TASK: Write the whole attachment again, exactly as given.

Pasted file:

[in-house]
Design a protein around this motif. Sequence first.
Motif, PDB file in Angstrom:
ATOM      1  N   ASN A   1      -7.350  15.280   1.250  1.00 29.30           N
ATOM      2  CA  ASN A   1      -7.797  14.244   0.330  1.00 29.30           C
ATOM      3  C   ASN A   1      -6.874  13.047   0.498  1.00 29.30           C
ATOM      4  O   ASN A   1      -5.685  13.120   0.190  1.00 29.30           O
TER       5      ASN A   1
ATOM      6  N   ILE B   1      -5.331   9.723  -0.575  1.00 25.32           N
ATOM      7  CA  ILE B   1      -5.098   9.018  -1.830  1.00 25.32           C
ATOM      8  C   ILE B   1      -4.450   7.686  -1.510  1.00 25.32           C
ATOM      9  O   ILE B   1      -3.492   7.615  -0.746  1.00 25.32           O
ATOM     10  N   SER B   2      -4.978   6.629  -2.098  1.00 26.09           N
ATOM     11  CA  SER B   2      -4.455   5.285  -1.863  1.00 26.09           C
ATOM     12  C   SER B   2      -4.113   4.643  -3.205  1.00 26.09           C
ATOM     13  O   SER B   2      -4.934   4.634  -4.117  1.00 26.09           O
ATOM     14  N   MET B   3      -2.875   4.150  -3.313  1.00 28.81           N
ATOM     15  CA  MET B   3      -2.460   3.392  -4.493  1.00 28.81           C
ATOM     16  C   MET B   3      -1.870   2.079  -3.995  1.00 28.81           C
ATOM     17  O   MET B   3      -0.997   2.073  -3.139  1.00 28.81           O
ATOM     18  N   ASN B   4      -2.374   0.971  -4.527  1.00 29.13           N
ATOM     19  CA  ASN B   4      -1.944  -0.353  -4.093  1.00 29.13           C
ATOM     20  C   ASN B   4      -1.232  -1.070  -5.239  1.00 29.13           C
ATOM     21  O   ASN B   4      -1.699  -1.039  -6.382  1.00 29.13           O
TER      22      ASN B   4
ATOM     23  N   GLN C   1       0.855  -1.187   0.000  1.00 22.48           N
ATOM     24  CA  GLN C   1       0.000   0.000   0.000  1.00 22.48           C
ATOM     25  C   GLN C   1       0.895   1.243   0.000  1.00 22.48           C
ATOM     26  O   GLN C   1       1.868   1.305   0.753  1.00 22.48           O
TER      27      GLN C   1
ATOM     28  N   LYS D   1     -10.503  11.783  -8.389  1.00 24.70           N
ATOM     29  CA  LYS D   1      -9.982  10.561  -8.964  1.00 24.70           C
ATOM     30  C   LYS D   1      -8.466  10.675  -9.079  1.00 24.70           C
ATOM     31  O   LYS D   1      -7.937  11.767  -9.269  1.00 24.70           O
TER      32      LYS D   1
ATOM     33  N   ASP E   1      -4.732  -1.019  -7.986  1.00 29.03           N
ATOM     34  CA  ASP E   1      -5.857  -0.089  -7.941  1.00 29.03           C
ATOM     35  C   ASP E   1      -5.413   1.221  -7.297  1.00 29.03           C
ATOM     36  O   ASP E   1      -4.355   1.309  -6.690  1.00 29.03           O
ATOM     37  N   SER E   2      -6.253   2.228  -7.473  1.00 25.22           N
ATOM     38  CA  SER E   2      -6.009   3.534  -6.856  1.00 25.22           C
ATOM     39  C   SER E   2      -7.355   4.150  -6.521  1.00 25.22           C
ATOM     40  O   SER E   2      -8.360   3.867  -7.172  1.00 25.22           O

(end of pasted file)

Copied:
[in-house]
Design a protein around this motif. Sequence first.
Motif, PDB file in Angstrom:
ATOM      1  N   ASN A   1      -7.350  15.280   1.250  1.00 29.30           N
ATOM      2  CA  ASN A   1      -7.797  14.244   0.330  1.00 29.30           C
ATOM      3  C   ASN A   1      -6.874  13.047   0.498  1.00 29.30           C
ATOM      4  O   ASN A   1      -5.685  13.120   0.190  1.00 29.30           O
TER       5      ASN A   1
ATOM      6  N   ILE B   1      -5.331   9.723  -0.575  1.00 25.32           N
ATOM      7  CA  ILE B   1      -5.098   9.018  -1.830  1.00 25.32           C
ATOM      8  C   ILE B   1      -4.450   7.686  -1.510  1.00 25.32           C
ATOM      9  O   ILE B   1      -3.492   7.615  -0.746  1.00 25.32           O
ATOM     10  N   SER B   2      -4.978   6.629  -2.098  1.00 26.09           N
ATOM     11  CA  SER B   2      -4.455   5.285  -1.863  1.00 26.09           C
ATOM     12  C   SER B   2      -4.113   4.643  -3.205  1.00 26.09           C
ATOM     13  O   SER B   2      -4.934   4.634  -4.117  1.00 26.09           O
ATOM     14  N   MET B   3      -2.875   4.150  -3.313  1.00 28.81           N
ATOM     15  CA  MET B   3      -2.460   3.392  -4.493  1.00 28.81           C
ATOM     16  C   MET B   3      -1.870   2.079  -3.995  1.00 28.81           C
ATOM     17  O   MET B   3      -0.997   2.073  -3.139  1.00 28.81           O
ATOM     18  N   ASN B   4      -2.374   0.971  -4.527  1.00 29.13           N
ATOM     19  CA  ASN B   4      -1.944  -0.353  -4.093  1.00 29.13           C
ATOM     20  C   ASN B   4      -1.232  -1.070  -5.239  1.00 29.13           C
ATOM     21  O   ASN B   4      -1.699  -1.039  -6.382  1.00 29.13           O
TER      22      ASN B   4
ATOM     23  N   GLN C   1       0.855  -1.187   0.000  1.00 22.48           N
ATOM     24  CA  GLN C   1       0.000   0.000   0.000  1.00 22.48           C
ATOM     25  C   GLN C   1       0.895   1.243   0.000  1.00 22.48           C
ATOM     26  O   GLN C   1       1.868   1.305   0.753  1.00 22.48           O
TER      27      GLN C   1
ATOM     28  N   LYS D   1     -10.503  11.783  -8.389  1.00 24.70           N
ATOM     29  CA  LYS D   1      -9.982  10.561  -8.964  1.00 24.70           C
ATOM     30  C   LYS D   1      -8.466  10.675  -9.079  1.00 24.70           C
ATOM     31  O   LYS D   1      -7.937  11.767  -9.269  1.00 24.70           O
TER      32      LYS D   1
ATOM     33  N   ASP E   1      -4.732  -1.019  -7.986  1.00 29.03           N
ATOM     34  CA  ASP E   1      -5.857  -0.089  -7.941  1.00 29.03           C
ATOM     35  C   ASP E   1      -5.413   1.221  -7.297  1.00 29.03           C
ATOM     36  O   ASP E   1      -4.355   1.309  -6.690  1.00 29.03           O
ATOM     37  N   SER E   2      -6.253   2.228  -7.473  1.00 25.22           N
ATOM     38  CA  SER E   2      -6.009   3.534  -6.856  1.00 25.22           C
ATOM     39  C   SER E   2      -7.355   4.150  -6.521  1.00 25.22           C
ATOM     40  O   SER E   2      -8.360   3.867  -7.172  1.00 25.22           O